West Mercia alliance[edit]

On 30 September 2013, Warwickshire Police embarked on an alliance with West Mercia Police which saw one of the biggest reorganisations the force ever had. The force is now committed to the alliance which sees the sharing of back office facilities, force systems and support teams whilst retaining its own identity. It is hoped that the alliance will save £20 million. The alliance has now fully taken place merging all departments, officers and staff below the grade of Deputy Chief constable and Police and Crime Commissioner.

On 08 October 2018, West Mercia Police Chief Constable and PCC started formal proceedings to end the alliance. This action was not supported by Warwickshire Police Chief Constable or PCC. The alliance will formally cease to exist on 09 October 2019.

Police vehicles[edit]

In accordance with the national framework for vehicle procurement Warwickshire Police use Ford Focus Estates and Vauxhall Astra 17 CDTI

Among other vehicles BMW X5, 5 and 3 series are used for traffic patrol cars.[19]

A Fiat Panda is being used as a safety camera van.[20]


Chief Constables[edit]

  • 1857–1876 : James Issac [21]
  • 1876–1892 : J.H. Kinchant [21] (fled to India and dismissed)
  • 1892–1929 : Captain John Turner Brinkley [21]
  • 1929–1948 : E.K.H. Kemble [21]
  • 1948–1958 : Lt-Col. Geoffrey C. White [21]
  • 1958–1964 : Peter Ewan Brodie [21]
  • 1964–1976 : Richard Bonnar Matthews [21]
  • 1976–1978 : Albert Laugharne [21]
  • 1978–1983 : Roger Birch [21]
  • 1983–1998 : Peter D. Joslin [21]
  • 1998–2000 : Andrew C. Timpson [21]
  • 2000–2006 : John Burbeck [21]
  • 2006–2011 : Keith Bristow
  • 2015– : Martin Jelley

See also[edit]

References[edit]

  1. ^ a b c "Tables for 'Warwickshire Police headcount, 31 June 2017". Warwickshire Police. 11 October 2017. Retrieved 11 October 2017.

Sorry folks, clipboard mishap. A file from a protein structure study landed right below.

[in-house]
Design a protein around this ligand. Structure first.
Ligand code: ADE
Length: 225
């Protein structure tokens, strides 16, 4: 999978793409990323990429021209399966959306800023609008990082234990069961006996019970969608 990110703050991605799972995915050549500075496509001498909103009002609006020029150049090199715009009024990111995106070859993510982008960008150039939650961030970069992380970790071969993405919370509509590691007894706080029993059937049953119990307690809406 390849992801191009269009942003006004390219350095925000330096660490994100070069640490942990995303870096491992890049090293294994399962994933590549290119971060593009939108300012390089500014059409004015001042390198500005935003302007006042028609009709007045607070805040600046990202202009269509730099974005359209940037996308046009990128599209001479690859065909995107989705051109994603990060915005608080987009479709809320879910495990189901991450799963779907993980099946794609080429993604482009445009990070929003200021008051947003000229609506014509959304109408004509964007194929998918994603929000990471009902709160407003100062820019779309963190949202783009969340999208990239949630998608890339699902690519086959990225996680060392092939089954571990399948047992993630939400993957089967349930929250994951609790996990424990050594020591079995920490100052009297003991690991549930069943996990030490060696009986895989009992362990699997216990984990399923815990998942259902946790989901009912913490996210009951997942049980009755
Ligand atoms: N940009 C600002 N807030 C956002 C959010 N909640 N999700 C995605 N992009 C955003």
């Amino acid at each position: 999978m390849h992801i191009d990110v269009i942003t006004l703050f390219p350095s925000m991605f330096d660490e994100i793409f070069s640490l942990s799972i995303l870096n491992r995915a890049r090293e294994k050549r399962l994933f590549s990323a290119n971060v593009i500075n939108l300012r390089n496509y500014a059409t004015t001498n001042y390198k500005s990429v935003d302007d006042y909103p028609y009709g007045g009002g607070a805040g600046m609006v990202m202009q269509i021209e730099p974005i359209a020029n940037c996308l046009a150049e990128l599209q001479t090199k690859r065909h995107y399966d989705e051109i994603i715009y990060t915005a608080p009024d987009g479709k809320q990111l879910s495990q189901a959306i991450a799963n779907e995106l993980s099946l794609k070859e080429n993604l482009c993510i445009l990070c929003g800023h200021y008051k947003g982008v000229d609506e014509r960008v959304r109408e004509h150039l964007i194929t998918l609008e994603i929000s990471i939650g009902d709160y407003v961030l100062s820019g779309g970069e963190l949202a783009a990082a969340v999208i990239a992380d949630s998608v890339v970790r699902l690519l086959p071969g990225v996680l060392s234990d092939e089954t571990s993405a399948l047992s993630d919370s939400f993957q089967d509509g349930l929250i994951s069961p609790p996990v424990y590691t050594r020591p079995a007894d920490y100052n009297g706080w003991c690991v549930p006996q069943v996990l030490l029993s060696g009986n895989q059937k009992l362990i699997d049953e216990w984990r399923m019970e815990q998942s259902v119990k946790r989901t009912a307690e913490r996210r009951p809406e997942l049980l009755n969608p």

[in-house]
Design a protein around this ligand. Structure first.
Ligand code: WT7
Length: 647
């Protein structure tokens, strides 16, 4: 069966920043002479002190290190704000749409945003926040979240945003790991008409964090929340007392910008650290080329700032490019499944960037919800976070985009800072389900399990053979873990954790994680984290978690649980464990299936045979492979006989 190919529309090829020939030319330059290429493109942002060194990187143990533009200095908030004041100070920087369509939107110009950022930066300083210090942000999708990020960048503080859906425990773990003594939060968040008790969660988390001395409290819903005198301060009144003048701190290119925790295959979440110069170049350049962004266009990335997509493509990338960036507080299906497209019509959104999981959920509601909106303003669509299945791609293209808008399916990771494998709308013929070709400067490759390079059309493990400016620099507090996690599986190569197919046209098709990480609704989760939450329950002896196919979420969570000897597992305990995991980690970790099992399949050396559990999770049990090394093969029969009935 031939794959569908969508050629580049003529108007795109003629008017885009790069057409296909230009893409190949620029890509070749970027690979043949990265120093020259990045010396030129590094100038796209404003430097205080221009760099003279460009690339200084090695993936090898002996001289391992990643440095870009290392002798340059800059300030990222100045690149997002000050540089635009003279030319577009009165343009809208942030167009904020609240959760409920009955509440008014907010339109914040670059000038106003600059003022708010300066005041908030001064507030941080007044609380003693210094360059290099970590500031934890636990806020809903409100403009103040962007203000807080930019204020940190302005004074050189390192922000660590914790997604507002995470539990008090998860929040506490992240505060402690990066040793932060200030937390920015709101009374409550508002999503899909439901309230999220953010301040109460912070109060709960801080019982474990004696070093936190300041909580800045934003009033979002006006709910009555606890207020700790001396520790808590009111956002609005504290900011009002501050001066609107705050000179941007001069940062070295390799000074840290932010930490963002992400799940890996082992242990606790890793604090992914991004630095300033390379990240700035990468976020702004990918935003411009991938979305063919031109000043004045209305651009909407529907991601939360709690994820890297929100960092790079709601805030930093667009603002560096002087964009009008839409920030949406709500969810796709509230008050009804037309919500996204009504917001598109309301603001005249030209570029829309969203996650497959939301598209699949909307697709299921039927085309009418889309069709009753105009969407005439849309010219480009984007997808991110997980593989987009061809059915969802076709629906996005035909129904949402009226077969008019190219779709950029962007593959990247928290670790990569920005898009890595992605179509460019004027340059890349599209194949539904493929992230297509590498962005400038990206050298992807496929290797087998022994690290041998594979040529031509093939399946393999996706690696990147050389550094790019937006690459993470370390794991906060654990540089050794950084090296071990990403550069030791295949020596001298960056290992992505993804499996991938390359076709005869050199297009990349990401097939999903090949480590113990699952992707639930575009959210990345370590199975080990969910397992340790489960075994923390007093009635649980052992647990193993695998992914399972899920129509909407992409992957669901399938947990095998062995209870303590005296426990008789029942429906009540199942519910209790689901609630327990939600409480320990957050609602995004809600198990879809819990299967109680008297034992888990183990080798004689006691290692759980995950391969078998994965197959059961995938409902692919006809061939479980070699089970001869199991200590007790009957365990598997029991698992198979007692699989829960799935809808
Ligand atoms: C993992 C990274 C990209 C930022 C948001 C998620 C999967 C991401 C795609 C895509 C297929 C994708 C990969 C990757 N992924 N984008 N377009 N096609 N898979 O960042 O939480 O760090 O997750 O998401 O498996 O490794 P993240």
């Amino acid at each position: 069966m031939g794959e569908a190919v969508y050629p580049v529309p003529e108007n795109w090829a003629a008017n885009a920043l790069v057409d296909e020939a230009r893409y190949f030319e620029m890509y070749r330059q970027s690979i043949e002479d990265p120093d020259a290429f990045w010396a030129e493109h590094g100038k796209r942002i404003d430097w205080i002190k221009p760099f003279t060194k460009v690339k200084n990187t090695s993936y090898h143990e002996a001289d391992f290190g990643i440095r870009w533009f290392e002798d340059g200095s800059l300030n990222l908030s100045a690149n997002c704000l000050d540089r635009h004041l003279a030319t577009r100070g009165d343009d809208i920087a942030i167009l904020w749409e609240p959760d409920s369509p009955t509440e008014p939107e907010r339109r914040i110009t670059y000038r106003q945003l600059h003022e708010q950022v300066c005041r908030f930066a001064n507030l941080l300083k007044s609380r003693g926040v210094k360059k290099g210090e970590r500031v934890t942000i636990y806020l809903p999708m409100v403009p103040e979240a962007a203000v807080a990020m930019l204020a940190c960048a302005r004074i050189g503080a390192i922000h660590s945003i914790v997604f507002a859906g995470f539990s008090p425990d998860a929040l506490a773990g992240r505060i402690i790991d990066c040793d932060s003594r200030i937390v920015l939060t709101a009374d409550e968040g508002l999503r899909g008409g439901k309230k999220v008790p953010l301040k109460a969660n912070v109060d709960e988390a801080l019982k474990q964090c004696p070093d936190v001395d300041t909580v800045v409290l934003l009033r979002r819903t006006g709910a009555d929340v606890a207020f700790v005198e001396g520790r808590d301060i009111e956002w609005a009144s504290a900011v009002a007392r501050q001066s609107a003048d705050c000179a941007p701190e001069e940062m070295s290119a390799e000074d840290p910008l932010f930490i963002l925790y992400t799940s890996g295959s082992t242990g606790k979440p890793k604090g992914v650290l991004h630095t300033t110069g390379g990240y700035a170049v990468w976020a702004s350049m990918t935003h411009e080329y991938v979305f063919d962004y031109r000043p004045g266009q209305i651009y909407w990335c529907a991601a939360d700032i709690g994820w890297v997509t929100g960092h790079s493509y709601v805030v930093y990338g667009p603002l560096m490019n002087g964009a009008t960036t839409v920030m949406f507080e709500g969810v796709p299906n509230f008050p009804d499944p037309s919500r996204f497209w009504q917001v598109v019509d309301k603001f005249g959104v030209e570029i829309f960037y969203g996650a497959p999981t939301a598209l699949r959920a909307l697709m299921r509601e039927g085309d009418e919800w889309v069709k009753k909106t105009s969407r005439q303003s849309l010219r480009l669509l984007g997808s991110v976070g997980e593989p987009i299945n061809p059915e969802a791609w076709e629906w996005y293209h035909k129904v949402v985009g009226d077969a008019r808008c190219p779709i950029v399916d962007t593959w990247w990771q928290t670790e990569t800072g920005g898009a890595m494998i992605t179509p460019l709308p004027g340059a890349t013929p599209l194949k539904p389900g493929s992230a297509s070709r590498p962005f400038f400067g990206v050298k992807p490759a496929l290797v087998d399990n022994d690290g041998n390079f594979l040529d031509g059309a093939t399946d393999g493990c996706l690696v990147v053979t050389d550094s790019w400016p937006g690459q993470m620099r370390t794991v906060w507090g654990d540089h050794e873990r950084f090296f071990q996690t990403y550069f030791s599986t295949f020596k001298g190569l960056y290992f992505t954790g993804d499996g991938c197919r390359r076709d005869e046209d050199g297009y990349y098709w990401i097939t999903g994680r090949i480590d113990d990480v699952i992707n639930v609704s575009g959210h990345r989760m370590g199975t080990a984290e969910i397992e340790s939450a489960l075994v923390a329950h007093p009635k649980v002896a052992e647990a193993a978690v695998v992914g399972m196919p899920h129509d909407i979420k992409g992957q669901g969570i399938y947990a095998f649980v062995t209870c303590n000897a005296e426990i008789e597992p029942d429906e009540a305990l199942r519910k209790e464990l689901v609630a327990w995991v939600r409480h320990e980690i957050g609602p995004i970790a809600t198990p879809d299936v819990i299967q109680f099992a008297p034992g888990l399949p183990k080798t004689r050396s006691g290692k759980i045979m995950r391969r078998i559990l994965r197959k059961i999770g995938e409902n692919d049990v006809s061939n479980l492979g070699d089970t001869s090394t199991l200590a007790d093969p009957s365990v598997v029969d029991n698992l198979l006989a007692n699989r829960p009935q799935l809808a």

2. ^ "Archived copy". Archived from the original on 17 November 2009. Retrieved 2011-01-28.
  3. ^ a b "Warwickshire Police welcomes new Chief Constable Martin Jelley". Warwickshire Police. 7 April 2015. Retrieved 17 May 2015.
  4. ^ "Police workforce, England and Wales: 30 September 2017". GOV.UK. Retrieved 2018-05-25.
  5. ^ "Warwickshire's population increases to 554,002 people". Warwickshire Observatory. Retrieved 11 October 2017.
  6. ^ "Police mergers outlined by Clarke". BBC News. 6 February 2006. Retrieved 19 August 2010.
  7. ^ "Warwickshire Justice Centre, Leamington Spa". Criminal Justice Board. Retrieved 4 April 2011.
  8. ^ "Queen officially opens RSC theatre and justice centre". BBC News. 4 March 2011. Retrieved 4 April 2011.
  9. ^ "Warwickshire Justice Centre, Nuneaton". Criminal Justice Board. Retrieved 4 April 2011.
  10. ^ "Safer Neighbourhoods involves police, partners and local people". Warwickshire Police. Retrieved 11 October 2017.
  11. ^ https://www.warwickshire.police.uk/article/4238/Nuneaton-Justice-Centre
  12. ^ https://www.warwickshire.police.uk/article/4239/Leamington-Spa-Justice-Centre
  13. ^ https://www.warwickshire.police.uk/article/4235/Rugby-Police-Station
  14. ^ https://www.warwickshire.police.uk/article/4236/Stratford-Police-Station
  15. ^ "Henley in Arden Police station to close". Warwickshire Police. Retrieved 26 September 2011.
  16. ^ "Wellesbourne police station to be sold". BBC News. 26 August 2011. Retrieved 26 August 2011.
  17. ^ "Wellesbourne police station closure date". Warwickshire Police. 30 September 2011. Retrieved 30 September 2011.
  18. ^ "Whitnash police post closed". Warwickshire Police. Retrieved 26 August 2011.
  19. ^ "Warwickshire Police Volvo". Flickr. Retrieved 12 August 2011.
  20. ^ "Safety Camera Vans". Ukemergency.co.uk. Retrieved 12 August 2011.
  21. ^ a b c d e f g h i j k l "Historical Timeline". Warwickshire Constabulary History Society. Retrieved 19 June 2018.

External links[edit]